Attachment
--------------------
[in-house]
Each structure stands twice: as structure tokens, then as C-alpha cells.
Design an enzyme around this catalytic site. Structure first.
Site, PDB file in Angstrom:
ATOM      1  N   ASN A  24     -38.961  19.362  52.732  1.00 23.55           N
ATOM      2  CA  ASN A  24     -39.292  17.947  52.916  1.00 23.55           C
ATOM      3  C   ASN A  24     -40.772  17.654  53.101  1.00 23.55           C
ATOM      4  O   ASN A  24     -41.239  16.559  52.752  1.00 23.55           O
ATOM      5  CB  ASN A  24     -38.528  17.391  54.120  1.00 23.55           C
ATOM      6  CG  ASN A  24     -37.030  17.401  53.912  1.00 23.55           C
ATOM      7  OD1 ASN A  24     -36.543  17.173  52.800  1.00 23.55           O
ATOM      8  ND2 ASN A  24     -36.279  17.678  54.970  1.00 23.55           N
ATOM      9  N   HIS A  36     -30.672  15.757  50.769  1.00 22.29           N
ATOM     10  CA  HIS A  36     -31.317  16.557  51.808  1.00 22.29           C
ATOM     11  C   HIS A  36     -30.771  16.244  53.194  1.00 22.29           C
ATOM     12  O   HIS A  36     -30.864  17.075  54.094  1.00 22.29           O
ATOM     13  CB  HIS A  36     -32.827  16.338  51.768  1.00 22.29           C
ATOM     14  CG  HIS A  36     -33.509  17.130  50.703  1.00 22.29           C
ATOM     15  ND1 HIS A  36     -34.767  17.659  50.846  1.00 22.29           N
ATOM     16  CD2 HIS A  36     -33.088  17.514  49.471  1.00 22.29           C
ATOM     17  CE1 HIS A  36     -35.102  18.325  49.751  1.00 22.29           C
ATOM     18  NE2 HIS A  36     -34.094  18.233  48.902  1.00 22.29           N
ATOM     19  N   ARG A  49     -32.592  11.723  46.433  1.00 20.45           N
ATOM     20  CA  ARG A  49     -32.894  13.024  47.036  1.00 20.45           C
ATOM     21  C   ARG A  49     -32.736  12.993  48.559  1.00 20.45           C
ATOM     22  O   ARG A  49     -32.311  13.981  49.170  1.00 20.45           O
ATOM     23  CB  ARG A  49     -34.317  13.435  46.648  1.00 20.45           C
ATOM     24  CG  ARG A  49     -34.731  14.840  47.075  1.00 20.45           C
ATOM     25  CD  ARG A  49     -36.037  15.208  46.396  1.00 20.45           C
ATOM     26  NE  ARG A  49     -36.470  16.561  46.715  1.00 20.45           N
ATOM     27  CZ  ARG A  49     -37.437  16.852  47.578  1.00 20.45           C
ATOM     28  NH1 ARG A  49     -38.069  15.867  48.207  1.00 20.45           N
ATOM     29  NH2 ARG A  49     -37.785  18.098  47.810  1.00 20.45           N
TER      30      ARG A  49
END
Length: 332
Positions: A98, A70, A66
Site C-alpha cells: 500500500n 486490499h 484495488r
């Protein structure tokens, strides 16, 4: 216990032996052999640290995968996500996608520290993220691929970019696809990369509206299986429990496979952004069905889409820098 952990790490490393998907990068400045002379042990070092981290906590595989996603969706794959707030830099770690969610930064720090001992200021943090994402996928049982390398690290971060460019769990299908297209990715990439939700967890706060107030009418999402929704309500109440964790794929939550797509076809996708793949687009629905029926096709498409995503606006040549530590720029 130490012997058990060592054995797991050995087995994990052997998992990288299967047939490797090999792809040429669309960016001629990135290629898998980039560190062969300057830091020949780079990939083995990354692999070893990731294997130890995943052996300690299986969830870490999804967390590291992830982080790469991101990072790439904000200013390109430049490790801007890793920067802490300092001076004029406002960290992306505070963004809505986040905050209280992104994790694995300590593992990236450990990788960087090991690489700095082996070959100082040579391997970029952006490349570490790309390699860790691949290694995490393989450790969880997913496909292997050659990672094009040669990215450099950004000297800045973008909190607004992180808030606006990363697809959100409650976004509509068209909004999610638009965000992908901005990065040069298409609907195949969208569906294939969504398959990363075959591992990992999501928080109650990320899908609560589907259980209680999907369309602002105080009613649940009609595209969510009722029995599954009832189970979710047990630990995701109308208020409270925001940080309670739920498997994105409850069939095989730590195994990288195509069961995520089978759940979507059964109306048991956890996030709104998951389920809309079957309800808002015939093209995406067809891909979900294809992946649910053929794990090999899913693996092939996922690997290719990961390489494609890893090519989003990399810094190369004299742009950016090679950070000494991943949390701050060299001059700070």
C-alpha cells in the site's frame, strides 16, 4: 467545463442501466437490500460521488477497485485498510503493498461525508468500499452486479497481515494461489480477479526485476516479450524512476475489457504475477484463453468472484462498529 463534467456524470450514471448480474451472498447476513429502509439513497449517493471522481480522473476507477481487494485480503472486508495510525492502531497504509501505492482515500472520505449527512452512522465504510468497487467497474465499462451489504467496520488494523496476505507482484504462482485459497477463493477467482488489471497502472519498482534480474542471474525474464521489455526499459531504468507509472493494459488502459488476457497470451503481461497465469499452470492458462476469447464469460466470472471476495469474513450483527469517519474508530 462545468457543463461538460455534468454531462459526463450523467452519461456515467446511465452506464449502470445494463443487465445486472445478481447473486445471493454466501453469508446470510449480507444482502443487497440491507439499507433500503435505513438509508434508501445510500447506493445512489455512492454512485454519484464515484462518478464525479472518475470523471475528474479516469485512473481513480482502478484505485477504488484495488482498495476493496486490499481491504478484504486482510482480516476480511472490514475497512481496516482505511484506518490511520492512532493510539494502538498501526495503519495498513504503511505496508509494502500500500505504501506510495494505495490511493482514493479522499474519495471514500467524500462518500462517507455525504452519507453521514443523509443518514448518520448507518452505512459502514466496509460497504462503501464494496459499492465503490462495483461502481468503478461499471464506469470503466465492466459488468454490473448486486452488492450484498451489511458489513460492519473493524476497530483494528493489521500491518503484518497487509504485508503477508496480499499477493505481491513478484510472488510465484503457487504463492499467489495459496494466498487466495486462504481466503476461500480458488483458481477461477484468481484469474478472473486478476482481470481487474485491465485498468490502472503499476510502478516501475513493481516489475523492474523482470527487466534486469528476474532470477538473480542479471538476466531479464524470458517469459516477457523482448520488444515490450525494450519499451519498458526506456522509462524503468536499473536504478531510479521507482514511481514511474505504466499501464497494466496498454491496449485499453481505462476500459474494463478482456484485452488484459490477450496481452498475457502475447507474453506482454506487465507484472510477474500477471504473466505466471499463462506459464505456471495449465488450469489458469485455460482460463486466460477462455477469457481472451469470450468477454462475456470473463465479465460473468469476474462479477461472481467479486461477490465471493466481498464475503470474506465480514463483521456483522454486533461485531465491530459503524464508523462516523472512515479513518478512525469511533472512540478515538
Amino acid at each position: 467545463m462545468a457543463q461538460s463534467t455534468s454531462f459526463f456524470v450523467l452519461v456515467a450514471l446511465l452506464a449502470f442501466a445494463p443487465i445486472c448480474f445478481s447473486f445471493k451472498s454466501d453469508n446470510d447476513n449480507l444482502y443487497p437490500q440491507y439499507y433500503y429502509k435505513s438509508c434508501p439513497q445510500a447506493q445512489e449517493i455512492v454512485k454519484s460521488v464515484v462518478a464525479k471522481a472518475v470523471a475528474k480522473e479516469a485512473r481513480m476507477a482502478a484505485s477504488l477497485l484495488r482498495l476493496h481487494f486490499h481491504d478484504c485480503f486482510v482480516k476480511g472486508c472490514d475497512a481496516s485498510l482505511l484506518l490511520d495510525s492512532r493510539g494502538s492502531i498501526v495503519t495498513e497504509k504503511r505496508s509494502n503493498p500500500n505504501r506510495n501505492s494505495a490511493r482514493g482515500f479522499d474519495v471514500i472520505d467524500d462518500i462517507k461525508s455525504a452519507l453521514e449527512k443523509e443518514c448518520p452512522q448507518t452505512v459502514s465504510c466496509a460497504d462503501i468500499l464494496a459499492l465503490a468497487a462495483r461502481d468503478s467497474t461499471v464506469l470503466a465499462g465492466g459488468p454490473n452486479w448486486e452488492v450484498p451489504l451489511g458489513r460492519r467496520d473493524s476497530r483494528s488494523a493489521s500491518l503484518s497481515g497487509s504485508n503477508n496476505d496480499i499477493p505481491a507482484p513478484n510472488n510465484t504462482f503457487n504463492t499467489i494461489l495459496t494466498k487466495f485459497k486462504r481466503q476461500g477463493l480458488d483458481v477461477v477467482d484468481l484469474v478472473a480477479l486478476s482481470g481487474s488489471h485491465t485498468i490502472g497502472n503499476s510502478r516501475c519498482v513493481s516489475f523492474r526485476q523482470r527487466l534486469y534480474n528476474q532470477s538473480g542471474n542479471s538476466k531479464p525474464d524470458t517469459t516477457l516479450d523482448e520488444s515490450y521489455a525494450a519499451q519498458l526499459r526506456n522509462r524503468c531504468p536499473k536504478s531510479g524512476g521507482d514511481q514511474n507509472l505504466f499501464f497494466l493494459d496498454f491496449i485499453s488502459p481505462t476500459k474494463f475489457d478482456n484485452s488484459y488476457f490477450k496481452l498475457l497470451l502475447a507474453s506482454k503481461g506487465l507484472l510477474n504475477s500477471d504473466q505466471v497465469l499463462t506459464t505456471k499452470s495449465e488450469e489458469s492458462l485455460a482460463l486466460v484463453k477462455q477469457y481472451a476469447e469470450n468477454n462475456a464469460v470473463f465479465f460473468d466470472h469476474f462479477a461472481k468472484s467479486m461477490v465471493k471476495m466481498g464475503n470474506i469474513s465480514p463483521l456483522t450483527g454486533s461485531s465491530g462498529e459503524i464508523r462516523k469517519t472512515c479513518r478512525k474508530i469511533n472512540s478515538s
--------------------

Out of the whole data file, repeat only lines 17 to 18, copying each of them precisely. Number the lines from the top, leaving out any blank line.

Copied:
ATOM     13  CB  HIS A  36     -32.827  16.338  51.768  1.00 22.29           C
ATOM     14  CG  HIS A  36     -33.509  17.130  50.703  1.00 22.29           C